Ramy A. Saleh, who pioneered CrossFit in Egypt, opening the first franchise right after the revolution, said simply, “The young people can’t go out demonstrating, but they can go out to run.”
It did not take the military-dominated government long to take notice — approvingly. Soon after assuming office in 2014, Mr. Sisi, the former commanding general of Egypt’s military, led cadets from the military academy on a well-publicized bicycle ride around Cairo.
“President Sisi wanted to give a couple messages to the youth, that he’s supporting them,” said Ibrahim Nofal, a co-founder of the Egypt Sports Network, which promotes sports development. “He was telling them, ‘We are aware, we’re trying to take care of this.’ It was a smart move.”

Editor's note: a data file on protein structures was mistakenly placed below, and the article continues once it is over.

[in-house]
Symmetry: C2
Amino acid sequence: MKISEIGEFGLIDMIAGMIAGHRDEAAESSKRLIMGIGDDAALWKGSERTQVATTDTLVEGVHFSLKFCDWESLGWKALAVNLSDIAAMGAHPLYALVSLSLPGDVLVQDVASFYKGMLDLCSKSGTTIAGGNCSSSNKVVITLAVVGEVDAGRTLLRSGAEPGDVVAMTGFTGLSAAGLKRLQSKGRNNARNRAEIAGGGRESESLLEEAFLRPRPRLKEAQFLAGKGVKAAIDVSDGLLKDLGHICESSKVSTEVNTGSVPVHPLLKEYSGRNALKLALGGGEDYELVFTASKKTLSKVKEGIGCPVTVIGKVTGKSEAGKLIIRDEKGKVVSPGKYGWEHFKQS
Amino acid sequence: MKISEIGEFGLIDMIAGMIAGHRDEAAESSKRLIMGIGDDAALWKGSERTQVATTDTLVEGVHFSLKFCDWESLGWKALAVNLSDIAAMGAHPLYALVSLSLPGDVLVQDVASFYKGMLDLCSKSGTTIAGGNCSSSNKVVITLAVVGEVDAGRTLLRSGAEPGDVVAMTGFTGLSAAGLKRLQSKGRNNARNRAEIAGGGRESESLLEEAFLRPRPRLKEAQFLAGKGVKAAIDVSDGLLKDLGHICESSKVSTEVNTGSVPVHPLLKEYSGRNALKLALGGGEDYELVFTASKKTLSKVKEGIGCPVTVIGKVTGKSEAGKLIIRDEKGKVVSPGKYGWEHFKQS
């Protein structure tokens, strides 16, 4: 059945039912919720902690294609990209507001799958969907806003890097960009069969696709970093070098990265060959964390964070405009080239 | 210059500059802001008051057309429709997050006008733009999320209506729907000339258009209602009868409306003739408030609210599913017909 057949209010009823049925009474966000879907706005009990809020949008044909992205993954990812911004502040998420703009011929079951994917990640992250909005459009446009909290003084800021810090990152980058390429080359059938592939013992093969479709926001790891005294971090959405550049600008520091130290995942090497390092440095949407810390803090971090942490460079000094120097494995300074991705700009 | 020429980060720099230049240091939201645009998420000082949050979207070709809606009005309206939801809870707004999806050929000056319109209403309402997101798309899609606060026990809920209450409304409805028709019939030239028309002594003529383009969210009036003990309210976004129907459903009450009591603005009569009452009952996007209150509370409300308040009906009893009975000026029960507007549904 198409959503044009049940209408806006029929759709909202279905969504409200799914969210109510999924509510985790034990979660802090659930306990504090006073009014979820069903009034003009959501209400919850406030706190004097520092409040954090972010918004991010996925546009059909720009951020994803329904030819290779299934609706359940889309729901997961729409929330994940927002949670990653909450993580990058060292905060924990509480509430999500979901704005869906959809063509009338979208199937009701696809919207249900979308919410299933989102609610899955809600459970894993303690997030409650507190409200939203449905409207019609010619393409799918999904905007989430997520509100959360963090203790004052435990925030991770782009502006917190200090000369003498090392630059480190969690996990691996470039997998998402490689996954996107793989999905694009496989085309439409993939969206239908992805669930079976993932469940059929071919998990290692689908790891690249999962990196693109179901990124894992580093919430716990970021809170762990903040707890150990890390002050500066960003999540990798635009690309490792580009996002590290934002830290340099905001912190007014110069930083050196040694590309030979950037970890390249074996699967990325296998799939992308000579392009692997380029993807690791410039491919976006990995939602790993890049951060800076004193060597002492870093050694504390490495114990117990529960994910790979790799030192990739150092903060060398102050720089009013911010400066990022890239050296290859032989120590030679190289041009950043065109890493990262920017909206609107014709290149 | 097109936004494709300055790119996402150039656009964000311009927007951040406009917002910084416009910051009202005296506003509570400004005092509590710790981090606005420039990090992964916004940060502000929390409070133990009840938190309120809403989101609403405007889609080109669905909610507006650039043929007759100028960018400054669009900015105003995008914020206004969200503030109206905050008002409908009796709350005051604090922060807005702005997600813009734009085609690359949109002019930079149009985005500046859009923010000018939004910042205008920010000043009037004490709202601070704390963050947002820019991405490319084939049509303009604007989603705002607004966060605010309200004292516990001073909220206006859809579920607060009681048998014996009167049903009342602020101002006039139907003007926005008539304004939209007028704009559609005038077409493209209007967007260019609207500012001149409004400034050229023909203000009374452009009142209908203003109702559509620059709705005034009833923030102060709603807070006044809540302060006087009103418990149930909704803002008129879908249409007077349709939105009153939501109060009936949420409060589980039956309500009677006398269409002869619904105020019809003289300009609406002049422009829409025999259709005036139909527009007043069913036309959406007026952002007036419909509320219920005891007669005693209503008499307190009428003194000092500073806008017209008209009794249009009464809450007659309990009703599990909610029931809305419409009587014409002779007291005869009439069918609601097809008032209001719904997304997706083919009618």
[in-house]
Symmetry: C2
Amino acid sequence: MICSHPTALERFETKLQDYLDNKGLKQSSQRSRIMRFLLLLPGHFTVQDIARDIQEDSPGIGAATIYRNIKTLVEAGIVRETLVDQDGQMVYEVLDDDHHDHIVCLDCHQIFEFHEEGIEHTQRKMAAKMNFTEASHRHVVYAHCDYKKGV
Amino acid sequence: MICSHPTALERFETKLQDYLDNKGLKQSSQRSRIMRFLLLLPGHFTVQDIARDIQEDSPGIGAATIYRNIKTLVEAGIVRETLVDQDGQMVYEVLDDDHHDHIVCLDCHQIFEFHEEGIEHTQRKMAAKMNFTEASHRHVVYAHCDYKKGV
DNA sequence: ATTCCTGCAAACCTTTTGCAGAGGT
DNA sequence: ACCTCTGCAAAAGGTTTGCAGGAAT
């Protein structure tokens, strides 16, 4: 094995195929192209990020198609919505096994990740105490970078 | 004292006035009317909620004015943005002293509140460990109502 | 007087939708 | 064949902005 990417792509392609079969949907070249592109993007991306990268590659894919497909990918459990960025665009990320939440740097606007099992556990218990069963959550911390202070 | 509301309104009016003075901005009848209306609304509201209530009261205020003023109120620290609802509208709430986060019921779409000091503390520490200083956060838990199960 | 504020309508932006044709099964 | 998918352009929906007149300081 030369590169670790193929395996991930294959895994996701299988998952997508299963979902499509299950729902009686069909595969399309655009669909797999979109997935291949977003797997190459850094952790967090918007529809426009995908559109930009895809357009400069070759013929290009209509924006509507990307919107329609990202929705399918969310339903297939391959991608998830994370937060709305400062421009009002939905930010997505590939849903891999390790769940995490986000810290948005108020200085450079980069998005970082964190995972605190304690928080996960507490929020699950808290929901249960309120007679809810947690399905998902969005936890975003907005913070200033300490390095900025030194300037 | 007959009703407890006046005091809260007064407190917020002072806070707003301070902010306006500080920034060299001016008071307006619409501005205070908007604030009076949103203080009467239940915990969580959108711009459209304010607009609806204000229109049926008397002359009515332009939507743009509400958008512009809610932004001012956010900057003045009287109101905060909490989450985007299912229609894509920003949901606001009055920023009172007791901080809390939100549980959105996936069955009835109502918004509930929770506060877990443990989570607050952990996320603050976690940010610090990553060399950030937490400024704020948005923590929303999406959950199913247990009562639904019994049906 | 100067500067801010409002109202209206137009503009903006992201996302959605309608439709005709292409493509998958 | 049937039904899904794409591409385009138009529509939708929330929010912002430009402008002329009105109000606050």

In 2014, Mr. Sisi and the military unveiled an ambitious makeover of the Gezira Youth Center, which had been little more than a huge, weedy public lot next to the upscale Gezira Sporting Club in Zamalek, the island in the Nile that is home to many embassies and villas.
President Gamal Abdel Nasser seized the center from the Gezira Club in the 1960s to give Egypt’s young people something comparable to the country’s opulent private country clubs, but it had long been neglected. Even two years ago, a jogger could barely find the running path — a horse track dating from colonial times.
Now that track has been repaved with spongy asphalt and expanded to be wide enough for six runners, and it circles a complex with facilities for beach volleyball, tennis, swimming, basketball, wrestling and gymnastics — all open to the public for a little more than $1 and often overcrowded.
The demand for workout space is so high that dozens of young people join impromptu calisthenics classes in the evenings on a dusty building site adjoining the center.